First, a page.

A remarkable story is that of “big data.” The story coincides with the deterioration of the denominator. It also coincides with the shift to the use of workflows and algorithms, which we cannot see. Our urge to follow up on data requires a huge leap of faith. However, the core beliefs of statistics do not apply when working with large sets of data. By the way, this is the frequently asked question at statistics assignments service.
The assumption is not far from being true. The use of small datasets to work by researchers makes it possible to verify the results they get. It works when they put extra care into the analysis they make. Data scientists rely on tools that rely on automation when the datasets increase in size. When the sets become large, the workflows and algorithms become complex. The scientist detaches from the data and tools underlying their work.
The base of data is toolkits and commercial algorithms that have zero visibility. These range from network construction and mining to geographic imputations and demographic estimations. An example is the analysis of social media. The samples of algorithms that govern the algorithms are becoming opaque. Researching the world today would bring rough estimations. In the past, the resulting findings are more accurate. The chances of the results being correct is almost 100 percent. Now different tools bring out conflicting results. The difference in results comes from index distribution. The number of index servers that return within a period also matters. Other scientists fuse random seeds into the estimations they get. There is no visibility of all these to the analysts who use these platforms.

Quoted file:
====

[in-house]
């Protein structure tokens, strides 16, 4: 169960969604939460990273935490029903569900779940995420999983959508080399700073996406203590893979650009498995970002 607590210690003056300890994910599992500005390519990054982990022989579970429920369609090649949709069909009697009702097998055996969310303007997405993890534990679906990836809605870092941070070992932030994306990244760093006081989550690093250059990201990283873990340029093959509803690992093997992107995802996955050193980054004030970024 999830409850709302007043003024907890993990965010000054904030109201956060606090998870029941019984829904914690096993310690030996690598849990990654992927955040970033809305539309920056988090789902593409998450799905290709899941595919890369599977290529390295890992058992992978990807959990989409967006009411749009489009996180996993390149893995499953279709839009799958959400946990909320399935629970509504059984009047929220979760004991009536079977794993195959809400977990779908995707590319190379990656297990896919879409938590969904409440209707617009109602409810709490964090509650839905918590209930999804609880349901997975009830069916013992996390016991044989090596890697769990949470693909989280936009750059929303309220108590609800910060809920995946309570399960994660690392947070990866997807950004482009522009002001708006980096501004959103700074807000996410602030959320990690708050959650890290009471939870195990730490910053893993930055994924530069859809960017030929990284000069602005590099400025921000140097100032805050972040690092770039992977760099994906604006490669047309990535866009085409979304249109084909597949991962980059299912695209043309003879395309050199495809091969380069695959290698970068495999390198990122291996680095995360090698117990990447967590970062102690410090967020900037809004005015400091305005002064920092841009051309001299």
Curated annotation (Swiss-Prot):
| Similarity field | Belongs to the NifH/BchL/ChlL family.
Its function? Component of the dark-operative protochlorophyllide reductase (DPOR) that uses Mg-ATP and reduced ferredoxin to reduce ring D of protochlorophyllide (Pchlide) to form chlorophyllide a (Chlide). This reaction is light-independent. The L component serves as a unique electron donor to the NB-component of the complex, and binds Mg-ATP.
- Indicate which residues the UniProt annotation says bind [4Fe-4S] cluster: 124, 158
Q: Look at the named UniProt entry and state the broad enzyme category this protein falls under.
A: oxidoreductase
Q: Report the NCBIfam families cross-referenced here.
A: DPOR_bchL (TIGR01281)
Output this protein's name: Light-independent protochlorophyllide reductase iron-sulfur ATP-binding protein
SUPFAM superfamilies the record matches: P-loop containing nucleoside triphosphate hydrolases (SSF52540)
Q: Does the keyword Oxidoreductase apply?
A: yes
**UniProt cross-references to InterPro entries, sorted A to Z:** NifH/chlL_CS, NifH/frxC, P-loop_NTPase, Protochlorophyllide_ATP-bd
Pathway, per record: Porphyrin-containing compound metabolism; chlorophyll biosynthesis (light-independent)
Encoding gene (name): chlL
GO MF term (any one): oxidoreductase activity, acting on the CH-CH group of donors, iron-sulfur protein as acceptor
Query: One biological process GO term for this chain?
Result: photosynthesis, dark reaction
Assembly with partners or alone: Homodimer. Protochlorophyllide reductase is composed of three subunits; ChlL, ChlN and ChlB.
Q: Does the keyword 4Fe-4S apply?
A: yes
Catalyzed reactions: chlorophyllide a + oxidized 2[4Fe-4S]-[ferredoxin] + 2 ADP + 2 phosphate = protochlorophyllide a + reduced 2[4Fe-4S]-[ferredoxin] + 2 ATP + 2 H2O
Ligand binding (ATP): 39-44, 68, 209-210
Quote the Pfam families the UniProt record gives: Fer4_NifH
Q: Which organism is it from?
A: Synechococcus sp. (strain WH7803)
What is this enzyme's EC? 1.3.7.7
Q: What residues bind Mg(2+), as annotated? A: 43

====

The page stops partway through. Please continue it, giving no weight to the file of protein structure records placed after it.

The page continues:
Sentiment analysis provides no models and codes. These codes and models are important when generating the scores. Only a few tools give histograms that show the words. The tools also have constructs that influence the scores.
Scientists with no programming background are not familiar with the influence that implementation brings to an algorithm. The scientist with the background lacks extensive training in algorithmic implementations and numerical methods to assess a certain toolkit’s implementation of a particular algorithm. A lot of “big data” toolkits encounter failure in understanding rudimental problems. The issues include the impact of the multiplication of large numbers of tiny numbers. We lose our visibility in how analysis works as a shift occurs to commercial software from the open-source.
Currently, we do not use the basics of statistics, such as understanding the denominators and algorithms we put to use. Data scientists no longer use important basics when doing data analysis. Scientists also lack a solid foundation in the statistical world. What does this mean? The scientists do not understand the importance of making raw count reports from the dataset that changes. It can lead to findings that are not correct. The method and workflow remain static, yet there are changes in the “big data.” It is also possible to conclude that we accept the analysis of data that we lack understanding of.
We come to realize that at the end of the day, data scientists do not care anymore. Their interests are not what data tells them. It means that applies to the results they get too.
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